Respiratory function is impaired less by transverse than by median vertical supraumbilical incisions
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Respiratory function in the first four days after elective cholecystectomy has been compared in 15 women in whom the upper abdominal incision was transverse and 15 in whom it was median vertical. Ventilatory function (vital capacity and forced expiratory volume in one second) and blood gas tensions (partial pressures of oxygen and of carbon dioxide in arterial blood, arterial whole-blood carbon dioxide, and alveolo-arterial oxygen tension difference) were determined on the day before operation and on the first, second and fourth postoperative days. Ventilatory function was depressed postoperatively in all the patients, but the depression was significantly less, and of significantly shorter duration, after the transverse than after the median vertical approach. Significant changes in blood gas tensions were noted postoperatively after both incisions, but without significant difference between the two groups.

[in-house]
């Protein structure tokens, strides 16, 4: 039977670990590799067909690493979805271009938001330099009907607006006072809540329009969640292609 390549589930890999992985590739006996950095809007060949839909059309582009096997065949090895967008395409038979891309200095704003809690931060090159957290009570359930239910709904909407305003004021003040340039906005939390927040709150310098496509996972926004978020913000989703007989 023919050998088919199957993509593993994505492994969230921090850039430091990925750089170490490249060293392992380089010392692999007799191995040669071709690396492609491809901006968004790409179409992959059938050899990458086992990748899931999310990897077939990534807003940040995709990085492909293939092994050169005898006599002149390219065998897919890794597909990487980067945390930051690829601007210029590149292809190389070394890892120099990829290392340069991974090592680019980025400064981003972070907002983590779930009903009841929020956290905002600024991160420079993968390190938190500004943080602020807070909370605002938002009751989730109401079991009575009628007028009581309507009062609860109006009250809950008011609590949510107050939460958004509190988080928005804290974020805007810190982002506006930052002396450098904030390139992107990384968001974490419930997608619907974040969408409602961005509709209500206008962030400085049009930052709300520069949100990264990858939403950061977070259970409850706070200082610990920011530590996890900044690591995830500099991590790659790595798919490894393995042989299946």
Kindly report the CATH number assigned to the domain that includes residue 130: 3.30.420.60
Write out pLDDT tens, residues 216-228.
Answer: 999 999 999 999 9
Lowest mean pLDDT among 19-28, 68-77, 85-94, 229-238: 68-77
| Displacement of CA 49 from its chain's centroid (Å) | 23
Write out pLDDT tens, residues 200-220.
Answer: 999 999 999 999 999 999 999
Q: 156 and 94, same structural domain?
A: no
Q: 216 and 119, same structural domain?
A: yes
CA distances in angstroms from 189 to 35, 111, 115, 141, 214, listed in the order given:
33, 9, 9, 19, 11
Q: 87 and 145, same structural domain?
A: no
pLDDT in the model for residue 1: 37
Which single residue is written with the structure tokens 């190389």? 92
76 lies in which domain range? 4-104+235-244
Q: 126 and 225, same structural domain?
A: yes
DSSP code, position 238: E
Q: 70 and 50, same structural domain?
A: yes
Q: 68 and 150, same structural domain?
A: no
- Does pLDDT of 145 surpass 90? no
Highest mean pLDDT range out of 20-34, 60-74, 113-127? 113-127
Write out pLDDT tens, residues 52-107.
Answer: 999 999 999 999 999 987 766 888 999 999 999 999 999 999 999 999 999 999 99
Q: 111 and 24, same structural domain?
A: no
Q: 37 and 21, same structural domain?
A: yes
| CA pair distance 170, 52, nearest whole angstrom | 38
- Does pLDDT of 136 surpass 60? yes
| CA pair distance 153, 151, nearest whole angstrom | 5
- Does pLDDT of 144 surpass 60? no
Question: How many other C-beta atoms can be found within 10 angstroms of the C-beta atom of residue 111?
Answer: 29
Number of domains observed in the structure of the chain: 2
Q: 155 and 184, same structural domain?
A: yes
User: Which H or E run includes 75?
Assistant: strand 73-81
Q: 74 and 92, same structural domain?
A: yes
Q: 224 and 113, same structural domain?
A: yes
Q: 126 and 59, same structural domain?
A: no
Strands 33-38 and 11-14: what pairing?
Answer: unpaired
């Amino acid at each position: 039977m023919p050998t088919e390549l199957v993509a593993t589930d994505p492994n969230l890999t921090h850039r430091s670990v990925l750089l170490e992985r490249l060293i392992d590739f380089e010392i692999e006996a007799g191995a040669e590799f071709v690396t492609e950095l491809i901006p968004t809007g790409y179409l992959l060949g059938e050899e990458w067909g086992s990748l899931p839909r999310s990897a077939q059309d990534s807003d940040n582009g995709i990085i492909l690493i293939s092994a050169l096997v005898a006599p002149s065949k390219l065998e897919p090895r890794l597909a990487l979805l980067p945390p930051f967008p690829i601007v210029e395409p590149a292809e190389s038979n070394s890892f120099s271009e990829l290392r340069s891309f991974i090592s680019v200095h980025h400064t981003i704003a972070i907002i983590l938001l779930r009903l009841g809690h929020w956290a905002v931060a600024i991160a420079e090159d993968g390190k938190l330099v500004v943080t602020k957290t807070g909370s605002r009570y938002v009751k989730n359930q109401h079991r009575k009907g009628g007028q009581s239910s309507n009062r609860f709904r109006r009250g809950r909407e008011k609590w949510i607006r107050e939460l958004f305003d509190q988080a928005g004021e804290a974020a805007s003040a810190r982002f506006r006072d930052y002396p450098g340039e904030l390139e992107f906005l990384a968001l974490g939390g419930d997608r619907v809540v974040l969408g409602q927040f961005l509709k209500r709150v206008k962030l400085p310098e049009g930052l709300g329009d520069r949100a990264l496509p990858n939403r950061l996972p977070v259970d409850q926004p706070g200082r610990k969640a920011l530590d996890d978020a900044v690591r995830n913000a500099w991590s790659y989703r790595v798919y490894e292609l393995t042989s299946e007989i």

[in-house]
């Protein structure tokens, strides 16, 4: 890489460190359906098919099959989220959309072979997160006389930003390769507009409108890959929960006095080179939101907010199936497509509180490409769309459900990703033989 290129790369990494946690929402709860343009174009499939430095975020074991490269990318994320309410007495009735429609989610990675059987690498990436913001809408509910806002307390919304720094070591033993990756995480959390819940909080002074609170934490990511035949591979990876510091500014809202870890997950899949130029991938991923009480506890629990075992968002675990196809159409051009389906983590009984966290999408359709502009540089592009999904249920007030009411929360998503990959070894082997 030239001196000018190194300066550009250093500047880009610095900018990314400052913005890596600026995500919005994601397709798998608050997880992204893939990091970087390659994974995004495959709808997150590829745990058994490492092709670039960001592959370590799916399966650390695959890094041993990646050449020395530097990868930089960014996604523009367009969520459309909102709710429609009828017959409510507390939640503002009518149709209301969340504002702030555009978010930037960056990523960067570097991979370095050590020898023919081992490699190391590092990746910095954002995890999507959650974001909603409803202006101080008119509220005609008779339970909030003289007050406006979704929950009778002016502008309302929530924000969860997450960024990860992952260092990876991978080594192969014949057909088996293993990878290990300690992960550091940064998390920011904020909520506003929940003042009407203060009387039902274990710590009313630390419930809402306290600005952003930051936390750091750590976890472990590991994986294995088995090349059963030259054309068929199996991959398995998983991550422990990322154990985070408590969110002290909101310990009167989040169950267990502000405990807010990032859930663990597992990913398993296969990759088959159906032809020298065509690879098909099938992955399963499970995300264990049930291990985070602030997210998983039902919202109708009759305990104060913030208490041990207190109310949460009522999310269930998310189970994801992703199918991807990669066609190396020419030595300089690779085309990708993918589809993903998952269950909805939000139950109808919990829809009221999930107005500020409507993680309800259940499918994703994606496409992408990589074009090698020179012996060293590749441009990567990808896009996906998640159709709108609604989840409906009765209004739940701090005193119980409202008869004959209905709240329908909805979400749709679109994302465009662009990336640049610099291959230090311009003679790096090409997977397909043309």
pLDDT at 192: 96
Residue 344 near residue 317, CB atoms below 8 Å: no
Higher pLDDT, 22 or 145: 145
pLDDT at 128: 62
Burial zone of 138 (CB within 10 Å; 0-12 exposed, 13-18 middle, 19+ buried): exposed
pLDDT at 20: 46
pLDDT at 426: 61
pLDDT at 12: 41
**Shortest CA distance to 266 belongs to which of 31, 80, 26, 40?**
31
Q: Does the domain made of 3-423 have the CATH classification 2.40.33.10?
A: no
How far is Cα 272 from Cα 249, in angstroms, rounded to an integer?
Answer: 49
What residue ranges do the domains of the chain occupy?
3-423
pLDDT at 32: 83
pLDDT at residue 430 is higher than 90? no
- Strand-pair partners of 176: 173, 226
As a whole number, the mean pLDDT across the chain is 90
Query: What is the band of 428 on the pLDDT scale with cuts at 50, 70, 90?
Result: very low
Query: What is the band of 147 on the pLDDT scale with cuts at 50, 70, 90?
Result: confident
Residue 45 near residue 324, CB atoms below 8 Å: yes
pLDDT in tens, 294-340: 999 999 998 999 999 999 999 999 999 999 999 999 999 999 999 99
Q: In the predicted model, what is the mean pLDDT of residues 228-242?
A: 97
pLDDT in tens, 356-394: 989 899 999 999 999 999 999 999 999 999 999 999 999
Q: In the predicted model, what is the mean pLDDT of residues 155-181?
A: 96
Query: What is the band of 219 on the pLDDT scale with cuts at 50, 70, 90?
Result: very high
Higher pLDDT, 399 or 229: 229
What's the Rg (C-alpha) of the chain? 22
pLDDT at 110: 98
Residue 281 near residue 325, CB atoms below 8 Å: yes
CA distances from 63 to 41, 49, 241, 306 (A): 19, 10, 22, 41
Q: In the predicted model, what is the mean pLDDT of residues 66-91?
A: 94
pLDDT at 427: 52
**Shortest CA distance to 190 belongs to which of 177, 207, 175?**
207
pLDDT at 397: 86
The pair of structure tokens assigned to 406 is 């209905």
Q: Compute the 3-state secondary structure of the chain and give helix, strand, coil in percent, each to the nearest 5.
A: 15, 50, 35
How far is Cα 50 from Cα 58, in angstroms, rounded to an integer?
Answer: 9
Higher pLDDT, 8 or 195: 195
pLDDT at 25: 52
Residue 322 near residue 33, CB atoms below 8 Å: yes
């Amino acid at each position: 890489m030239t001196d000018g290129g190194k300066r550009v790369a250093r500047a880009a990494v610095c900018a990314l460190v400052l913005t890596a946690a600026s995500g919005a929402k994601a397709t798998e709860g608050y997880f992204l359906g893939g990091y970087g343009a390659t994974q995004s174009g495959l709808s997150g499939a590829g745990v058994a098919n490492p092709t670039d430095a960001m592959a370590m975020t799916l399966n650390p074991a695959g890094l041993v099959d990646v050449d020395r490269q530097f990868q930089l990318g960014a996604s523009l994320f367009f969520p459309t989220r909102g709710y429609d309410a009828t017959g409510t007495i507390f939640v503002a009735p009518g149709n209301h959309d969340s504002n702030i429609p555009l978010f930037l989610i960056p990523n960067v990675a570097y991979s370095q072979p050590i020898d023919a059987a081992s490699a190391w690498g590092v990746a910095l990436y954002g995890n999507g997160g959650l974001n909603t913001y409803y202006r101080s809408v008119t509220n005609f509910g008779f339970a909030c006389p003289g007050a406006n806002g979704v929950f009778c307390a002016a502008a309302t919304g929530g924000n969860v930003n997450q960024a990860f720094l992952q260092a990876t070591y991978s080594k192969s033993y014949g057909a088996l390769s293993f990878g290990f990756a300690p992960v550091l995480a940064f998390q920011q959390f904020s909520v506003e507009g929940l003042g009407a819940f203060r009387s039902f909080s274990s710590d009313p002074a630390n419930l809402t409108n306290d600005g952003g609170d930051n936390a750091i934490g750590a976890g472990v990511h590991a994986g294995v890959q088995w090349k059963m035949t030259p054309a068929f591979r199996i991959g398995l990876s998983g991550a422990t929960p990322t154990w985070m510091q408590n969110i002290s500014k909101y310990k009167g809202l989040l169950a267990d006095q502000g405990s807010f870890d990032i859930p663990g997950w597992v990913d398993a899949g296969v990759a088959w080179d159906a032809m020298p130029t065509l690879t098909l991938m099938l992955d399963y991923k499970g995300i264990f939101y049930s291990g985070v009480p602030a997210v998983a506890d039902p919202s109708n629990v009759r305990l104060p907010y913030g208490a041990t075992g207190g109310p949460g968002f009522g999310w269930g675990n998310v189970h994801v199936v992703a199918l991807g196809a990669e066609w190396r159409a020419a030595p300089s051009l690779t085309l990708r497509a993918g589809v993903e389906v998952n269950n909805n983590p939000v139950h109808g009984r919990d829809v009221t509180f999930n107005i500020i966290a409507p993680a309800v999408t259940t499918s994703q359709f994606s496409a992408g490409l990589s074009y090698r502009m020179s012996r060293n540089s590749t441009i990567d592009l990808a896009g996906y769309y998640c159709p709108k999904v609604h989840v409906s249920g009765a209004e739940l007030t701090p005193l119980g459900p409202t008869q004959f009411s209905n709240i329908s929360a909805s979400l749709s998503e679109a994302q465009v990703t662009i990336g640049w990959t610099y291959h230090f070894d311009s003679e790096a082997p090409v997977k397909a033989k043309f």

Key wordsPostoperative pulmonary function Blood gas tensions Abdominal surgery
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